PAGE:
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Subject:

FW: Publishing Trends and Implications for Learning Assistance

From:

Frank Christ <[log in to unmask]>

Reply-To:

Open Forum for Learning Assistance Professionals <[log in to unmask]>

Date:

Thu, 3 Dec 1998 13:49:38 -0700

Content-Type:

text/plain

Parts/Attachments:

Parts/Attachments

text/plain (145 lines)

Here is an item that I found on the Textbook Author's Association listserv that I thought might interest some Lrnassters who like to stay abreast of current technology and its implications for learning assistance.  Collegially,,,,,,,,,,,,,,,,,,

[log in to unmask]        "In times of change, learners inherit the
Frank L Christ                   earth, while the learned find themselves
Emeritus, CSULB              beautifully equipped to deal with a
Visiting Scholar, U of AZ    world that no longer exists".. Eric Hoffer
WI Web site: www.pvc.maricopa.edu/winterinstitute
----------=============================================================
From:   Paul Tippens[SMTP:[log in to unmask]]
Sent:   Thursday, December 03, 1998 7:53 AM
To:     [log in to unmask]
Subject:        Publishing Trends

 Source:  NY Times
Title: Textbooks Shifting From Printed Page to Screen
Author:  ETHAN BRONNER
DATE:   December 1, 1998

At Virginia Commonwealth University, sociology students use a "textbook"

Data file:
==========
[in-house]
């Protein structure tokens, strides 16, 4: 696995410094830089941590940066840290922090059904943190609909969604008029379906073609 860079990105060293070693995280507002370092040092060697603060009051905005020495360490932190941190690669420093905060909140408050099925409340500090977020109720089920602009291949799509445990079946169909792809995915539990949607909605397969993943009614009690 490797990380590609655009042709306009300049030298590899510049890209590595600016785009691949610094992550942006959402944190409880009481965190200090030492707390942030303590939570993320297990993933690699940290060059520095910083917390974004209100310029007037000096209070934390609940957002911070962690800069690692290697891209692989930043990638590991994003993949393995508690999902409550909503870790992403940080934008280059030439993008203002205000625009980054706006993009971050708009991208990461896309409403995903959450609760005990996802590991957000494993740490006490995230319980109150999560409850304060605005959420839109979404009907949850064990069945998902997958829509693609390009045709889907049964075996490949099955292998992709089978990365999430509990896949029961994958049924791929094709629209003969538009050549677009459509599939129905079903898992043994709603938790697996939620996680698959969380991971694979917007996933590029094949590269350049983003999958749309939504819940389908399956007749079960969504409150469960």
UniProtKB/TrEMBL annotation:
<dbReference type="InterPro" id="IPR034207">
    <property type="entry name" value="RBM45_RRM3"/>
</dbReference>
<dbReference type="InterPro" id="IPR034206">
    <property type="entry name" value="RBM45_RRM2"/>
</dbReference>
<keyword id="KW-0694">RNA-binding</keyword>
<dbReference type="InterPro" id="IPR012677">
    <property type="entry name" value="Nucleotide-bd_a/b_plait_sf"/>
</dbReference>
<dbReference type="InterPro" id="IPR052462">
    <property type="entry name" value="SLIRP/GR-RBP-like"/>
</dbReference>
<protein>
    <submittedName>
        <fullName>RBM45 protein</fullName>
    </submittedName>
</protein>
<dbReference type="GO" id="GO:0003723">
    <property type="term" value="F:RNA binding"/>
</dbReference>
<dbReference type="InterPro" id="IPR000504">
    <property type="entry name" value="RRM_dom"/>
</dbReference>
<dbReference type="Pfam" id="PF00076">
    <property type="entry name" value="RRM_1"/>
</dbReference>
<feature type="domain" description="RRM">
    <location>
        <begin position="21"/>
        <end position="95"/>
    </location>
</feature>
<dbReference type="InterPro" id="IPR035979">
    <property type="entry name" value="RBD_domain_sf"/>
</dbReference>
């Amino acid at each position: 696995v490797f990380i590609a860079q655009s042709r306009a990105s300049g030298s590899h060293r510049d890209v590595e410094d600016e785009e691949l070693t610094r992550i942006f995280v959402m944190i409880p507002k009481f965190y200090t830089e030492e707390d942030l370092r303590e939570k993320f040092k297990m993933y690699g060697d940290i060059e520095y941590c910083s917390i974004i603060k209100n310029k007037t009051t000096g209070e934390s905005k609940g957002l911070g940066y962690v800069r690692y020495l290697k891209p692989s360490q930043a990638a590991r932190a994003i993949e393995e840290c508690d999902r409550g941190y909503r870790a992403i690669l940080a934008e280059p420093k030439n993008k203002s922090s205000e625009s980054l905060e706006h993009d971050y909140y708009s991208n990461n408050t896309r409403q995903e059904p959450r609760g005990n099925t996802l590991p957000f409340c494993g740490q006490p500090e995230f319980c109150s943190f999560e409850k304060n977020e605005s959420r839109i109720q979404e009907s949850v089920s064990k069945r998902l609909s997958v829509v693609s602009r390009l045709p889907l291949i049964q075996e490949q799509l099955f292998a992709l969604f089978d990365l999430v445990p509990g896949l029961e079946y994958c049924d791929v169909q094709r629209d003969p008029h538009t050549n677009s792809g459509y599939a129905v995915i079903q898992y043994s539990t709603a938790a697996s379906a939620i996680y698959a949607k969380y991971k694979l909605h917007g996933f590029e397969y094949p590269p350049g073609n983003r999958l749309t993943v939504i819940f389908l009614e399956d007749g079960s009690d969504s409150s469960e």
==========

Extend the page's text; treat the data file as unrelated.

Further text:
that exists only online. It sends them to related Web sites, has recorded
lectures that they can rewind and offers discussion areas that supplement
and enliven their classroom discussions.

At Kent State University next spring, a few dozen students will receive
devices called electronic books, loaded with course texts. They will read
the works directly from what look like latter-day Etch-a-Sketches. And in
Texas, the State Board of Education is planning a pilot program To
distribute electronic books and laptop computers next fall to thousands of
high school students for use in place of textbooks.

With futurologists having mistakenly predicted the end of the printed page
for several decades now, no one is preparing a eulogy for the traditional
book. Television did not doom radio, video did not kill film, and
electronic publishing will not likely end print. But with two electronic